#NAW2020 - Busting the myths about apprenticeships

Published
Monday 3 February

It’s National Apprenticeship Week.

Mythbust Collage

Apprenticeships continue to be at the forefront of the Government agenda, with addressing skills gaps and creating a skilled, motivated and competitive workforce at the heart of business growth. 

Myerscough College continues to be a driving force of apprenticeships delivery in the landbased sector, delivering training to more than 1,300 apprentices across around a thousand workplaces nationally.

In terms of sportsturf, Myerscough continues to be the largest provider of apprenticeships training and continues to grow within the sector.

The College have a dedicated Employer Services Team, under the management of Lee Price – Employer Services Manager, who act as a key driver towards the promotion and delivery of apprenticeships to a wide range of employers.

Here, Lee busts some on the common myths about apprenticeships, as more and more businesses look to implement programmes into their staff succession and training plans.

“Apprenticeships are only for young people”

The mindset amongst employers is often that apprenticeships are just for those aged 16-18. This is incorrect, anyone above working age can complete an apprenticeship, and this includes existing staff where there is a requirement for the training to advance in their job role or career.

“Apprenticeships are not real qualification”

All apprenticeships are aligned to an approved Standard or Framework, which are quality assured and aligned to qualification levels. Most apprenticeships tend to be Level 2 (Intermediate) which are equivalent to 5 GCSE passes, or Level 3 (Advanced) which equate to an A Level standard of education. Around 20% of successful advanced apprentices will progress to Higher Education.

“Employers don’t really get a say in the apprenticeship”

All apprenticeships are a three-way partnership between employer, provider and apprentice. Myerscough College tutors work closely with employers at the start of any programme to ensure that whilst mandatory elements of a programme are covered, there is also a chance to tailor training to the needs of the businesses taking into account seasonality and other issues that may occur.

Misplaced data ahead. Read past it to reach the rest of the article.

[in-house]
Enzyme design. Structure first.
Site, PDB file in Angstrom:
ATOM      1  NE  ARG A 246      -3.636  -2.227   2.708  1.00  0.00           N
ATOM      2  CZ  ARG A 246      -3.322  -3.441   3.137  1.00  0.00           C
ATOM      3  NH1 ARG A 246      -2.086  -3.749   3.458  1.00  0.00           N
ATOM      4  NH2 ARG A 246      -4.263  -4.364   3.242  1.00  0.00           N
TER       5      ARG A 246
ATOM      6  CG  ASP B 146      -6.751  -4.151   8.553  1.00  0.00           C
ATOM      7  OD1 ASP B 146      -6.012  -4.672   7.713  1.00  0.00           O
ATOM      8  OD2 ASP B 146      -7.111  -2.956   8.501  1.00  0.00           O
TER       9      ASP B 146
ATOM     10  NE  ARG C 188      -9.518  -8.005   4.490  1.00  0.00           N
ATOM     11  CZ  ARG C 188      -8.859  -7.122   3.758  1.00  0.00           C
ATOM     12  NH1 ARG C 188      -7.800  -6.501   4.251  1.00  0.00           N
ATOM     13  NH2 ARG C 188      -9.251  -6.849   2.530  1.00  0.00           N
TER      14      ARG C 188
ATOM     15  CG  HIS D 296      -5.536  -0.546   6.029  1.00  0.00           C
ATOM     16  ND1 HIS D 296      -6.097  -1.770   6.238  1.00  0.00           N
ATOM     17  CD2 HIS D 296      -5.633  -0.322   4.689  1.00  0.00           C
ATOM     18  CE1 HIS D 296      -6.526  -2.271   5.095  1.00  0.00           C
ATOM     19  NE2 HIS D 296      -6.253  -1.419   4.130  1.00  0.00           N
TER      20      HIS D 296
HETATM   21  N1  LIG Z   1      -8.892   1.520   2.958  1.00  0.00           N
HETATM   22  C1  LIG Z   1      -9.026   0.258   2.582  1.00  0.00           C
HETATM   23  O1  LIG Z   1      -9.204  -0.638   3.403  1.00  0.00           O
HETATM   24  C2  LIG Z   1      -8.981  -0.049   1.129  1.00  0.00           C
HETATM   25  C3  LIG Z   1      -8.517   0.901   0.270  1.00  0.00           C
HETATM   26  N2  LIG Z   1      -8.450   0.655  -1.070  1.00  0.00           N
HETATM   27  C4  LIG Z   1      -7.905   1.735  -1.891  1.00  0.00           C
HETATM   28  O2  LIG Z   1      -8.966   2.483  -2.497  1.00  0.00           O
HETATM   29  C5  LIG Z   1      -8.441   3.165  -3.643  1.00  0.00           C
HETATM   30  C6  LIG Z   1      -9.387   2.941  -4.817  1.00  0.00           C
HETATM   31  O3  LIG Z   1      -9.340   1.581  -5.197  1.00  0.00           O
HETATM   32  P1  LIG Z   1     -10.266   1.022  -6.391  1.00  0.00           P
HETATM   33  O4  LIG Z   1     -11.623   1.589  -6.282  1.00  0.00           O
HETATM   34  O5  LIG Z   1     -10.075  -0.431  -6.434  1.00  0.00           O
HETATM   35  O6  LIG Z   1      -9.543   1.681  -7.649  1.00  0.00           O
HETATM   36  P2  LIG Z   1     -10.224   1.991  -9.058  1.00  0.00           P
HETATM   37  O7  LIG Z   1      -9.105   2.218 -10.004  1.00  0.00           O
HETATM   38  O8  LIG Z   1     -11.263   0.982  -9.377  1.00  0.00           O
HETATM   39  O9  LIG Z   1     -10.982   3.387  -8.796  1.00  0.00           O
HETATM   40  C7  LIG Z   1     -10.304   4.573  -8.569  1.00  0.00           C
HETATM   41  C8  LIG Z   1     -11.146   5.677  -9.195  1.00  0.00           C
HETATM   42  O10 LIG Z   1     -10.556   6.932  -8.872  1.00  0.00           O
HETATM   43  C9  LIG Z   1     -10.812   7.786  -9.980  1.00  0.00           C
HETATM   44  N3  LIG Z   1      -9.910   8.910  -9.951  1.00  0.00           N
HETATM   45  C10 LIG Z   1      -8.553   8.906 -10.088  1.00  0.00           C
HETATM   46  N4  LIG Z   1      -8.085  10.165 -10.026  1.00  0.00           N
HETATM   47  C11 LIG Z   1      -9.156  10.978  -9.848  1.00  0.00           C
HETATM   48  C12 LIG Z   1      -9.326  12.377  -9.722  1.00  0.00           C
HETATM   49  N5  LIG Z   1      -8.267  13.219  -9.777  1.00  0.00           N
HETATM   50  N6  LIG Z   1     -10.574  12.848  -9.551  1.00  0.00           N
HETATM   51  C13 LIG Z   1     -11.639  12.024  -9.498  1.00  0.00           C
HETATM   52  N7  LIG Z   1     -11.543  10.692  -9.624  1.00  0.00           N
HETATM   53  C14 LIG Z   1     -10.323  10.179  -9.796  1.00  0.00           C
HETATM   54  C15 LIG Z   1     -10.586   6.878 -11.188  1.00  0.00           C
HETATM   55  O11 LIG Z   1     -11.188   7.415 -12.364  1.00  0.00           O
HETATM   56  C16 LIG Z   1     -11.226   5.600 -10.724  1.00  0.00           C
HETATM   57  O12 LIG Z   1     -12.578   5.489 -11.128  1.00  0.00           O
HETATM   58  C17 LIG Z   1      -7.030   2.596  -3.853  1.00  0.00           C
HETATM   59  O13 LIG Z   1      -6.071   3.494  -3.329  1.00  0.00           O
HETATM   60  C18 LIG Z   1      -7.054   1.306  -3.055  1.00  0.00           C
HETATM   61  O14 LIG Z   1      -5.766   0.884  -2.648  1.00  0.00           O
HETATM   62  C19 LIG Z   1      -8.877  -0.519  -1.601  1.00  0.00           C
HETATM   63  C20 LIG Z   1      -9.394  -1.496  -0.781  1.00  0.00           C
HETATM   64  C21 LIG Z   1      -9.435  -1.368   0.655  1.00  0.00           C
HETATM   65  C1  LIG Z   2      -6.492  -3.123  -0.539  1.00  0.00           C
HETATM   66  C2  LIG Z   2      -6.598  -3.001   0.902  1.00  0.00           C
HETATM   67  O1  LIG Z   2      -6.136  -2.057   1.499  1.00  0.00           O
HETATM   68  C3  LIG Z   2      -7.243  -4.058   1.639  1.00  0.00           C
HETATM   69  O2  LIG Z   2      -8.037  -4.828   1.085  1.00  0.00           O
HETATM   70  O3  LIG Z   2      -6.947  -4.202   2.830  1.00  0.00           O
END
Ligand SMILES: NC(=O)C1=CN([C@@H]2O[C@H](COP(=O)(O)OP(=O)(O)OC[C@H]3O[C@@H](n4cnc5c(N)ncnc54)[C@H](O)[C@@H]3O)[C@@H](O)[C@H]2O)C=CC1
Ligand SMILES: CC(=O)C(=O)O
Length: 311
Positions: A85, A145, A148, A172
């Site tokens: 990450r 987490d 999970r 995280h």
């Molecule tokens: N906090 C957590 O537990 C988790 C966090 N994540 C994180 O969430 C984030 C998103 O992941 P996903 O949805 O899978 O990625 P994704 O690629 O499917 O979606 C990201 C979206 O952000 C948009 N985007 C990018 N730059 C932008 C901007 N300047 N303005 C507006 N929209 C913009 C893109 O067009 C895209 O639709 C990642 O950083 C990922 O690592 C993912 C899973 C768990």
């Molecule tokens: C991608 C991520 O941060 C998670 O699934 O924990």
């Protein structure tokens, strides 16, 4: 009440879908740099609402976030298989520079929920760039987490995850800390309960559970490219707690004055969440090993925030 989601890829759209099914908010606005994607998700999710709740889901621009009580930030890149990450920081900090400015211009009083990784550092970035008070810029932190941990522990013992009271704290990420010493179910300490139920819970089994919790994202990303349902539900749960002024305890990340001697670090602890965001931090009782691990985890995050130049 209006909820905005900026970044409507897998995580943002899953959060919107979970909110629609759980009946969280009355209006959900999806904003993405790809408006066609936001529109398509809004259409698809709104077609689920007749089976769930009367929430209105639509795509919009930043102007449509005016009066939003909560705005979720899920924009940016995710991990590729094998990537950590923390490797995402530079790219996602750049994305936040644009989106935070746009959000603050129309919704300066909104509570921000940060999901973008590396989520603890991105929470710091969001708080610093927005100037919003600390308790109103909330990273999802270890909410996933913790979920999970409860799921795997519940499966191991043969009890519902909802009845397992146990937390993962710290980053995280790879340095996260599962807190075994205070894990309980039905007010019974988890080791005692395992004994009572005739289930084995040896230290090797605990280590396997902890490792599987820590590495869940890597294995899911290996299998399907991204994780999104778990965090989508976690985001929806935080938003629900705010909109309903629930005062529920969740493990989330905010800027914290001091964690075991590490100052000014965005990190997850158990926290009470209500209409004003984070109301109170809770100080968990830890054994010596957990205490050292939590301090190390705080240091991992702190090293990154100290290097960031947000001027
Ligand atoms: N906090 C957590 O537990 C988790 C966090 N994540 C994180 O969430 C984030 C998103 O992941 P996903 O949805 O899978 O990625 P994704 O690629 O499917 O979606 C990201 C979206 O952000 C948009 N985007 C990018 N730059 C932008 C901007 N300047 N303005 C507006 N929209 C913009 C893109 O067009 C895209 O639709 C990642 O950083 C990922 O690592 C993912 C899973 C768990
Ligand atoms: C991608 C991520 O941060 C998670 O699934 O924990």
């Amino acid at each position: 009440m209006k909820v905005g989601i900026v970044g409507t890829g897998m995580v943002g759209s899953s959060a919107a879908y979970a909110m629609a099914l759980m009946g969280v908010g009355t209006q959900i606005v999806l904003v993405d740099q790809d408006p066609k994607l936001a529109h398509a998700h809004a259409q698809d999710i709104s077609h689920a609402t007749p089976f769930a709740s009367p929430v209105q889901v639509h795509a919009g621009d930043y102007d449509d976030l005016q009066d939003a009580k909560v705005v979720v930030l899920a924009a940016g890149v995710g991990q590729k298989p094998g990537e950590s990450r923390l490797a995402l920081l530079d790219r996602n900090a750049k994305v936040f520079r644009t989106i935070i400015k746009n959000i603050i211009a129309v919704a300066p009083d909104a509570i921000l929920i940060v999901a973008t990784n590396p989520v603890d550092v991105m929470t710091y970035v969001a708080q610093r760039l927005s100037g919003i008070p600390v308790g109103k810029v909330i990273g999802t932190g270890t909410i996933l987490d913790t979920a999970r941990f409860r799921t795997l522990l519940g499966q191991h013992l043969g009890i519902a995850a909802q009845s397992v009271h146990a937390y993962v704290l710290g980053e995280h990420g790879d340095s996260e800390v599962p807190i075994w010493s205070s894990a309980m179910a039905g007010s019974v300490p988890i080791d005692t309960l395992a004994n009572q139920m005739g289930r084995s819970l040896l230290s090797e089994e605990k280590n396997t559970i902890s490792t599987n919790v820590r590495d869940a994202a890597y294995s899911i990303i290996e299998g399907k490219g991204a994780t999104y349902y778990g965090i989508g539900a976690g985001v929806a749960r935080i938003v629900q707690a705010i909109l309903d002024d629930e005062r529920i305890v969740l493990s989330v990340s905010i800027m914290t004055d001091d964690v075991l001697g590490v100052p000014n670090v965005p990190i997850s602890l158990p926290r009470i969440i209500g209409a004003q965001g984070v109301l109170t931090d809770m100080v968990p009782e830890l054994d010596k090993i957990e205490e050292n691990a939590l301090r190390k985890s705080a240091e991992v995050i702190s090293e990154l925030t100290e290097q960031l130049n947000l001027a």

The new apprenticeship Standards were designed by trailblazer groups, lead by employers to specifically address the needs of their industry. All apprentices will have a detailed training plan for both on and off the job activities that are part of the apprenticeship programme.

 “I am not really sure what the benefits of an apprenticeship are”

Apprenticeships bring a range of benefits to employers. Apprentices themselves get a job, a wage and an opportunity to train to the latest occupational standards, and a recognised qualification in the chosen subject. For employers some of the key benefits are around addressing skills gaps, succession planning, increasing staff retention and also gaining a skilled, more efficient workforce and an advantage over competitors.

“Training apprentices will cost me loads of time and money”

The ongoing apprenticeship reforms have also changed the way they are now funded. Large employers who have a payroll in excess of £3 million will fund their apprenticeships through a levy system and a digital account.

Small employers will receive funding to support apprenticeship training. This can be fully funded or a 95% contribution depending on the age of the apprentice. This is now again paid to providers through a digital account which small employers need to set up. There are also employer incentives currently available to support the recruitment and training of apprentices.

For more information on any aspect of apprenticeship training at Myerscough College please contact the Employer Services Team on 01995 642255 or email employerenquires@myerscough.ac.uk 

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by Dave Salmon

DSalmon@myerscough.ac.uk

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